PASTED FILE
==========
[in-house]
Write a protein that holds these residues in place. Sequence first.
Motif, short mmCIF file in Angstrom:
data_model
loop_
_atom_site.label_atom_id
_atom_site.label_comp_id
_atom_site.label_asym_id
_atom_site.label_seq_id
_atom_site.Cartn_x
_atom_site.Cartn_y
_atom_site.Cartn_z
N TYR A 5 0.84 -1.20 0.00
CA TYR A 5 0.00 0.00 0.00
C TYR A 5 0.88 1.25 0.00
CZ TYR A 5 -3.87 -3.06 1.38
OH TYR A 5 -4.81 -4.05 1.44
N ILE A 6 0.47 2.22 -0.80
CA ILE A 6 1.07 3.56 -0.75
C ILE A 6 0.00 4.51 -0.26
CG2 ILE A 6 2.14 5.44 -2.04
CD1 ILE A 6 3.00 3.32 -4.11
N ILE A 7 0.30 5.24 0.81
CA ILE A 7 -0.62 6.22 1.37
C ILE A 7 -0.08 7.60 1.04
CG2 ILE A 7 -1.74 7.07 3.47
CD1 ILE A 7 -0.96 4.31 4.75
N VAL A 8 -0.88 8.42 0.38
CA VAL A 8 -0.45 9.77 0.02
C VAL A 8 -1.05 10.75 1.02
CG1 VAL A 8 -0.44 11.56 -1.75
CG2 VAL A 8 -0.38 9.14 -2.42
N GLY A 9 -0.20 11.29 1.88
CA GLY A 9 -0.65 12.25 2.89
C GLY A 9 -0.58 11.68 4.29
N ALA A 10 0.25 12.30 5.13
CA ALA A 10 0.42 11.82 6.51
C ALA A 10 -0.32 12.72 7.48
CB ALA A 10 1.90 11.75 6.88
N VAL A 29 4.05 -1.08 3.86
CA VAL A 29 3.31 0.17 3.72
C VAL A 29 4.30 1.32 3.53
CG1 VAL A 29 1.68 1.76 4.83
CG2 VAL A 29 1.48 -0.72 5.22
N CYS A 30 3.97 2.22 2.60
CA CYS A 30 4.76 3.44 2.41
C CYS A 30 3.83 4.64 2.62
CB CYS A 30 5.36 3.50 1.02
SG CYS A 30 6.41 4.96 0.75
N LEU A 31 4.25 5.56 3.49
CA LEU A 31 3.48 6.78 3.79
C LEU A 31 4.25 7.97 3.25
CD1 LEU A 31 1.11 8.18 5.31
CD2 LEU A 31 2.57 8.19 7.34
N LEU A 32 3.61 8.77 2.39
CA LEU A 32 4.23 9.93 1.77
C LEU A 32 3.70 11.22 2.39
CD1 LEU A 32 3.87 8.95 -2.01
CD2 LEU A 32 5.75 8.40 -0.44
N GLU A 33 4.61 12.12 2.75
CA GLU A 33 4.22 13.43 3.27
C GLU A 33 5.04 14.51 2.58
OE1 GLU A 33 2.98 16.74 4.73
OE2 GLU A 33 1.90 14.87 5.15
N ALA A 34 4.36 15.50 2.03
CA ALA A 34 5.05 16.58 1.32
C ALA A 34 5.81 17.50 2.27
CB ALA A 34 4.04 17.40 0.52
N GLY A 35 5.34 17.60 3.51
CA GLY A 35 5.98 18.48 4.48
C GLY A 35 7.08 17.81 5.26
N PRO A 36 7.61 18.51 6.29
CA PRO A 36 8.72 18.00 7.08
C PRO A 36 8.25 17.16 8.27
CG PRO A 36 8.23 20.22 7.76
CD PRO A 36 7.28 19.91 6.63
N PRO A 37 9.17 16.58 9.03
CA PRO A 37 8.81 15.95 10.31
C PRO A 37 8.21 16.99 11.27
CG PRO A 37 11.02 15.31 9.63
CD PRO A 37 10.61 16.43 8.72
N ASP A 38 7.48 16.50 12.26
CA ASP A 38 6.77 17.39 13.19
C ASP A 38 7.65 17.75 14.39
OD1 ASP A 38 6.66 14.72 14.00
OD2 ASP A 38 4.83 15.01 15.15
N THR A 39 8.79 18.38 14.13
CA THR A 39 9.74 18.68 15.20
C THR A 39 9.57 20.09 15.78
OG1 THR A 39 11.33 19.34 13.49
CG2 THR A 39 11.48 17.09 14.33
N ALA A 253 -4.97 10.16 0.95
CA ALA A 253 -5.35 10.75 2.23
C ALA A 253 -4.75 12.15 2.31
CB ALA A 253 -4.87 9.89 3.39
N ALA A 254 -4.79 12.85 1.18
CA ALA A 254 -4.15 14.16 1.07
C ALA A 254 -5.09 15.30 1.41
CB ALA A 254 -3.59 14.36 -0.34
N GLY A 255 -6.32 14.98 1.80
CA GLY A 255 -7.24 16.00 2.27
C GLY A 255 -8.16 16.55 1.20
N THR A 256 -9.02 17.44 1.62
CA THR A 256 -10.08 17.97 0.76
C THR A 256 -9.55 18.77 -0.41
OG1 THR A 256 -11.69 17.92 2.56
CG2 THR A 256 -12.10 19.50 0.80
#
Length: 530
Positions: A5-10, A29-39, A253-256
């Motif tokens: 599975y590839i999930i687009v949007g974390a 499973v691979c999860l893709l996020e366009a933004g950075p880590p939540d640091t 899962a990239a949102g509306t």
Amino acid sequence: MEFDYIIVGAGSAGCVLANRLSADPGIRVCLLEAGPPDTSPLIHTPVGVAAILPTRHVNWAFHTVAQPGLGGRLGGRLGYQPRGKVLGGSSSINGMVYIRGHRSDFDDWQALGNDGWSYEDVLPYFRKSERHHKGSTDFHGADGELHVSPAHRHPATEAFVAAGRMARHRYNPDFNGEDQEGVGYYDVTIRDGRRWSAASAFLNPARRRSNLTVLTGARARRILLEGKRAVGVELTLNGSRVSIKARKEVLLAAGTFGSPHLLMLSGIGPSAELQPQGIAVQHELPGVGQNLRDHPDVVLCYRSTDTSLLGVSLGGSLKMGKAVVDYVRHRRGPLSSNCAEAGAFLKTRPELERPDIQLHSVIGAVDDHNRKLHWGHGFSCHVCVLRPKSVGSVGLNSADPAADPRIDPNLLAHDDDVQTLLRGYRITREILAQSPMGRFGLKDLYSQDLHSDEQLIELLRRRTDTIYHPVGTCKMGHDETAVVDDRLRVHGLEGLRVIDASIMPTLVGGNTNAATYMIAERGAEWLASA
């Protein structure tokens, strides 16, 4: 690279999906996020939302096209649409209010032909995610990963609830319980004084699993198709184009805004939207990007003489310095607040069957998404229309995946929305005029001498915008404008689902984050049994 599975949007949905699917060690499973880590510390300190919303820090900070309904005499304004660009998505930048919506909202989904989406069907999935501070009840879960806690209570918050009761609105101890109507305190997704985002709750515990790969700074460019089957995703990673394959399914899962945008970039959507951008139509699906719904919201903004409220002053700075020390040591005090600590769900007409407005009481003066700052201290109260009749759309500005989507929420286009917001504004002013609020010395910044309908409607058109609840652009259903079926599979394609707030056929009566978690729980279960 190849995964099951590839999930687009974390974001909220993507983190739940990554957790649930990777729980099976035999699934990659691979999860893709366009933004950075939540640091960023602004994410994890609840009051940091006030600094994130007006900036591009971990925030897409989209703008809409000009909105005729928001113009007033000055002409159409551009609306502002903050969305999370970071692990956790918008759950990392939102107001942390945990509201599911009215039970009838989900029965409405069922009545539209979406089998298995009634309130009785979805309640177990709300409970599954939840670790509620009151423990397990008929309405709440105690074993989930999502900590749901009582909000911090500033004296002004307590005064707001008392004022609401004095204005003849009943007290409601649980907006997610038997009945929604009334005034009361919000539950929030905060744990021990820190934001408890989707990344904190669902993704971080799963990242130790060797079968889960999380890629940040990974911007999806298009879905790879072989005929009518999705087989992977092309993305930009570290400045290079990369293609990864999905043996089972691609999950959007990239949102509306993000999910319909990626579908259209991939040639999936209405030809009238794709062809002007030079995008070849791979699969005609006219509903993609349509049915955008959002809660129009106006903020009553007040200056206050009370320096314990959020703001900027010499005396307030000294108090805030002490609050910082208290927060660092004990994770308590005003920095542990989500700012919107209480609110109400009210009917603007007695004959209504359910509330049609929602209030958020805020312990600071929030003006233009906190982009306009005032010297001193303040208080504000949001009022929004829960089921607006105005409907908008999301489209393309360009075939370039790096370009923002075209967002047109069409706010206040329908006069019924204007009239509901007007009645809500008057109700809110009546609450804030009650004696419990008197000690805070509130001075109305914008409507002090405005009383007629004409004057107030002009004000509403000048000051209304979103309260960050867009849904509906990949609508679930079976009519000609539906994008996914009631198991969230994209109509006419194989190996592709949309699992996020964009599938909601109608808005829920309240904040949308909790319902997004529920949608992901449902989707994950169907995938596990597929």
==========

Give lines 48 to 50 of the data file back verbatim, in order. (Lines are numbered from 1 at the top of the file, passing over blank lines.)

CB CYS A 30 5.36 3.50 1.02
SG CYS A 30 6.41 4.96 0.75
N LEU A 31 4.25 5.56 3.49